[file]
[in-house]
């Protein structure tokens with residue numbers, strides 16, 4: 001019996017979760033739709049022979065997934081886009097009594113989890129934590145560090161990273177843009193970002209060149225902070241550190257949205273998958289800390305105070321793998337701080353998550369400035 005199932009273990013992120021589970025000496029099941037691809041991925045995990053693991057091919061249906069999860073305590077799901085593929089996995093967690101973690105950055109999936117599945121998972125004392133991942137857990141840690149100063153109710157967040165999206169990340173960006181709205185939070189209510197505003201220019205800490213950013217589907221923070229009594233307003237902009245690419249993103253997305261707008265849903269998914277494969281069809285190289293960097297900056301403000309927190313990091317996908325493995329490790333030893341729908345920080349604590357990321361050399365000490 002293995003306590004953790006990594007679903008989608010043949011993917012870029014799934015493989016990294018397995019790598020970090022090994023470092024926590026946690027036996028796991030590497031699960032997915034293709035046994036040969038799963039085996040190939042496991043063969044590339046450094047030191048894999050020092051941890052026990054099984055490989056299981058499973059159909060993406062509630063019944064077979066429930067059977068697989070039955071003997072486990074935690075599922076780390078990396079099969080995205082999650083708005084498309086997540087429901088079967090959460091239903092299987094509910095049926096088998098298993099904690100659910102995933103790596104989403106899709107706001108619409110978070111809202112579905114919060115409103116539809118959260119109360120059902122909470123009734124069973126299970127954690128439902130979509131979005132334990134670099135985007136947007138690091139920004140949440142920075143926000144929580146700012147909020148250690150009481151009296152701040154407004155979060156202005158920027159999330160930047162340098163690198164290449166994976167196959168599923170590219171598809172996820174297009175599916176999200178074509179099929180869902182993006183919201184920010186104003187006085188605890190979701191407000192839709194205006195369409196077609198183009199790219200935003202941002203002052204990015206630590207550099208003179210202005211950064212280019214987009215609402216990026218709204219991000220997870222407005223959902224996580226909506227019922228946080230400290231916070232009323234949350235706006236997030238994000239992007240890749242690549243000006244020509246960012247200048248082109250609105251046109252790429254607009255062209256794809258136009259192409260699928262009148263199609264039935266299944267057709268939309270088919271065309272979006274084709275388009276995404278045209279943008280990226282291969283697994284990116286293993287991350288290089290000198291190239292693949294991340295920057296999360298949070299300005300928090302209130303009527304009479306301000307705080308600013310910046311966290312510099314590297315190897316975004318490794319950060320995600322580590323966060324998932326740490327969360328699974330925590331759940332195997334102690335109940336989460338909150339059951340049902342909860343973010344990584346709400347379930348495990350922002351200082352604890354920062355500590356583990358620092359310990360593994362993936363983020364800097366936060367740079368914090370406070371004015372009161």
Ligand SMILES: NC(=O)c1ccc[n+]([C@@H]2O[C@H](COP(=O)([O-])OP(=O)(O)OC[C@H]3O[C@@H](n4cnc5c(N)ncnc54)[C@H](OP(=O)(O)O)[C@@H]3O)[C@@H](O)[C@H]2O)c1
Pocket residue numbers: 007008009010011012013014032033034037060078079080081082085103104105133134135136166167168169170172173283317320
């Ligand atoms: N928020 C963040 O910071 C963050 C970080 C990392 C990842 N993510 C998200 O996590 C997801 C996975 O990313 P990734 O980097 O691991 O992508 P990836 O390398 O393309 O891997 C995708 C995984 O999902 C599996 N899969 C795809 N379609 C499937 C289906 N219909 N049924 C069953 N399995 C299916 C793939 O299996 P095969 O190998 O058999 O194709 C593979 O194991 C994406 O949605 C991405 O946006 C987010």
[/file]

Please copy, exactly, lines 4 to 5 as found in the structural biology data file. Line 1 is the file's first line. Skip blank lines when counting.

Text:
Pocket residue numbers: 007008009010011012013014032033034037060078079080081082085103104105133134135136166167168169170172173283317320
């Ligand atoms: N928020 C963040 O910071 C963050 C970080 C990392 C990842 N993510 C998200 O996590 C997801 C996975 O990313 P990734 O980097 O691991 O992508 P990836 O390398 O393309 O891997 C995708 C995984 O999902 C599996 N899969 C795809 N379609 C499937 C289906 N219909 N049924 C069953 N399995 C299916 C793939 O299996 P095969 O190998 O058999 O194709 C593979 O194991 C994406 O949605 C991405 O946006 C987010």